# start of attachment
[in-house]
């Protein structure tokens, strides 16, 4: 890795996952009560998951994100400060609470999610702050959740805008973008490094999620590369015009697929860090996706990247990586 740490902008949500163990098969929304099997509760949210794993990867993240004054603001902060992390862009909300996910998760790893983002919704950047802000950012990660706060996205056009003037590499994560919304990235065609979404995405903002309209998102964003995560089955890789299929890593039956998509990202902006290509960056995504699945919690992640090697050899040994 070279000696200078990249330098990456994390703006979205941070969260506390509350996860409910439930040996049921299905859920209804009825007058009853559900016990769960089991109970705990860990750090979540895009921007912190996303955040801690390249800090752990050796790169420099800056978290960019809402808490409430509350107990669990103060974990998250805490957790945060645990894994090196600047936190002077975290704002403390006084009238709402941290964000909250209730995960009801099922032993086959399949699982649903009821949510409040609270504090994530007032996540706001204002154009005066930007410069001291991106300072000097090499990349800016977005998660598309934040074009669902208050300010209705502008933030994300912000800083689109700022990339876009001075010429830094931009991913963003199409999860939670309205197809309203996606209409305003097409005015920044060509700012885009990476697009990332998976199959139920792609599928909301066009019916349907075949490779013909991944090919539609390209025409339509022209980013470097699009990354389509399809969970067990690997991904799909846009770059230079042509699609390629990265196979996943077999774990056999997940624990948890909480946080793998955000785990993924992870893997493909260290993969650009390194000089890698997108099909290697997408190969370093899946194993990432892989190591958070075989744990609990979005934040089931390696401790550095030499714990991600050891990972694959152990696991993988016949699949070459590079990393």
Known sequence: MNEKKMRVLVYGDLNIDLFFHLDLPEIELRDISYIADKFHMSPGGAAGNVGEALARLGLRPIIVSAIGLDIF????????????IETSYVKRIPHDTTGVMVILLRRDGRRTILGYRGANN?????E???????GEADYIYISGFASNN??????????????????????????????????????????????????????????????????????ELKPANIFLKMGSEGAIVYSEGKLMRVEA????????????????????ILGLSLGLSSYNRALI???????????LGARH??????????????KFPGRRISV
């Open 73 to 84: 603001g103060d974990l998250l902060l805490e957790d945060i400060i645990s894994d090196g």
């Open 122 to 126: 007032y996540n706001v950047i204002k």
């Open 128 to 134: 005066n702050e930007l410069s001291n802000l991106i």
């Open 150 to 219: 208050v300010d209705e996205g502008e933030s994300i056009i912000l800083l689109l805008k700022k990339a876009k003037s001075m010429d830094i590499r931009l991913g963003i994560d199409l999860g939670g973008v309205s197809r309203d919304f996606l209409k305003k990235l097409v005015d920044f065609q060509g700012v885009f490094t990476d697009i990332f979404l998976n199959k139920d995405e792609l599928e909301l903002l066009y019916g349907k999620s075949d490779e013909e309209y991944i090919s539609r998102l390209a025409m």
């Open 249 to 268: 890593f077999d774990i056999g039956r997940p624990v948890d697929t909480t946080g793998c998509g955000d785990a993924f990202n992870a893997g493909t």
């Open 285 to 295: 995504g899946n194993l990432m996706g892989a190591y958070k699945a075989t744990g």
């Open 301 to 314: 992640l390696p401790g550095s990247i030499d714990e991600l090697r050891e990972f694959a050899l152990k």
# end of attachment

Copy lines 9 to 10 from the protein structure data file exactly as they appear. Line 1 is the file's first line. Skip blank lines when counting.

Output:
């Open 285 to 295: 995504g899946n194993l990432m996706g892989a190591y958070k699945a075989t744990g």
């Open 301 to 314: 992640l390696p401790g550095s990247i030499d714990e991600l090697r050891e990972f694959a050899l152990k």